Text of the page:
NO LESS than 150 residents of Gashua, Yobe State, die of kidney disease yearly, The ICIR has learnt.
Anwali Ahmad, Head of Chemical Pathology Unit, Specialist Hospital, Gashau, told The ICIR on Friday that many residents die of chronic kidney failures because they preserve the foods they eat with chemicals.
He also said many farmers in the town use banned herbicides on their crops.
In Gashua, people do year-round farming through the support of the Komadugu River.
Ahmad was born in Gashua and has worked in the environs for ten years.
His department tests kidneys and identifies people with kidney failure or disease.
Umar Abubakar, Chief Imam of Bade Emirate, under which Gashua falls, had told The ICIR reporter that kidney disease killed at least 120 people yearly in the town.
The reporter sought clarification from Ahmad, an expert who could speak authoritatively on the matter.
While the Chief Imam blamed the morbidities and deaths on the high level of dehydration, Ahmad said the people used local chemicals to preserve the foods they ate, which resulted in the disease and accompanying deaths.
He also said they sold some of the foods to people outside the community.
The ICIR reports that among the people who could eat such foods are students and staff of the federal university located in the town.
Ahmed noted that after applying chemicals to preserve foods, people could only eat such foods after six months when the chemicals’ potency would have reduced.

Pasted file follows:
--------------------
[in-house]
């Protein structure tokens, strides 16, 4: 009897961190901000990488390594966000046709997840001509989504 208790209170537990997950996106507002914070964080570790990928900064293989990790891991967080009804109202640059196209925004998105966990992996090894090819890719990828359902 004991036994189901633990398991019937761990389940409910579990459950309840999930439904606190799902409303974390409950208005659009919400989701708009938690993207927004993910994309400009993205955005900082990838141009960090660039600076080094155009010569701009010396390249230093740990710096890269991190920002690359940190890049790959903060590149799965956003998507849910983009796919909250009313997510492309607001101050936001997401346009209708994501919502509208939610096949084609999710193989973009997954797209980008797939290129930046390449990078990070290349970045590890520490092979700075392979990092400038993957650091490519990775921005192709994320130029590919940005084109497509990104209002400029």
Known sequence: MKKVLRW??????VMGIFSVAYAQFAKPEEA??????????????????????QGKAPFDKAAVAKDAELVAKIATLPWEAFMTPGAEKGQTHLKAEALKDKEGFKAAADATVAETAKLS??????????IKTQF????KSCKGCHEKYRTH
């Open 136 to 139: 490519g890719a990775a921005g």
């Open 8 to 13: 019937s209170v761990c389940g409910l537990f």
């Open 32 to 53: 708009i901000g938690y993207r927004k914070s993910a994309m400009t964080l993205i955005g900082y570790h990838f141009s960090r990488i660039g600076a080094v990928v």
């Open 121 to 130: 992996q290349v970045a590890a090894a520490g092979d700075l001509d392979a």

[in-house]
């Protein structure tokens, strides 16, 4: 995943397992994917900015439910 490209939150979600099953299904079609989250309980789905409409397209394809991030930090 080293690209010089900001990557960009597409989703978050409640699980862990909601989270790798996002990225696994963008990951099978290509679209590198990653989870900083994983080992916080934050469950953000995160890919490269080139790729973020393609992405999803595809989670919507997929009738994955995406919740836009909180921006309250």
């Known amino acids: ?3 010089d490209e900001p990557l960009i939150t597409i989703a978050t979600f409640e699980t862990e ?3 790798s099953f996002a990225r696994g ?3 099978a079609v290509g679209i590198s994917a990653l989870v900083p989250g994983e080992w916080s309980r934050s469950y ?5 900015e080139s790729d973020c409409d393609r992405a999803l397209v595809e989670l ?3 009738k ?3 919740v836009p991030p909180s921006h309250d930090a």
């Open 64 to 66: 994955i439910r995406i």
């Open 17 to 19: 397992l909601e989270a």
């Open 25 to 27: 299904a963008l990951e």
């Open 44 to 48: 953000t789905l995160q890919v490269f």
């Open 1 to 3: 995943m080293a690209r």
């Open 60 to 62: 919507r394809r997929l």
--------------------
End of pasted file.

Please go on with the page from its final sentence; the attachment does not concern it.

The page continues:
“Every month, we diagnose around 20 to 30 new cases (of kidney disease). Sometimes, it could reach up to 50. It depends on the number of people that come to the hospital.
“As it stands now, every year, we have more than 150 (who die) in Gashua and environs,” Ahmad said.
He said the State Specialist Hospital in Damaturu offered free dialysis, but there was no dialysis for treating the condition in Gashua.
According to him, Senate President Ahmad Lawan, who is from the town, was planning to establish a dialysis centre in the community.
Ahmad stated that all age categories are affected by the disease, from 11 years and above.
He said joint research by the Federal Medical Centre, Nguru, in the state, and the State Specialist Hospital showed that the foods eaten by the Gashua people are contaminated with preservatives.
The pathologist said indigenes of Gashua produce some of the chemicals used to preserve the foods, adding that many residents had suffered permanent kidney failures after eating food preserved with the chemicals.
“Just about five months ago, the local government raided some locations where the locals produced the chemicals,” he said.
“Patients prefer to stay at home and use local medication, which often leads to permanent damage of their kidneys after a short time,” he added.
In August 2020, The ICIR reported how food vendors, fruit sellers and farmers poison Nigerians with agrochemicals.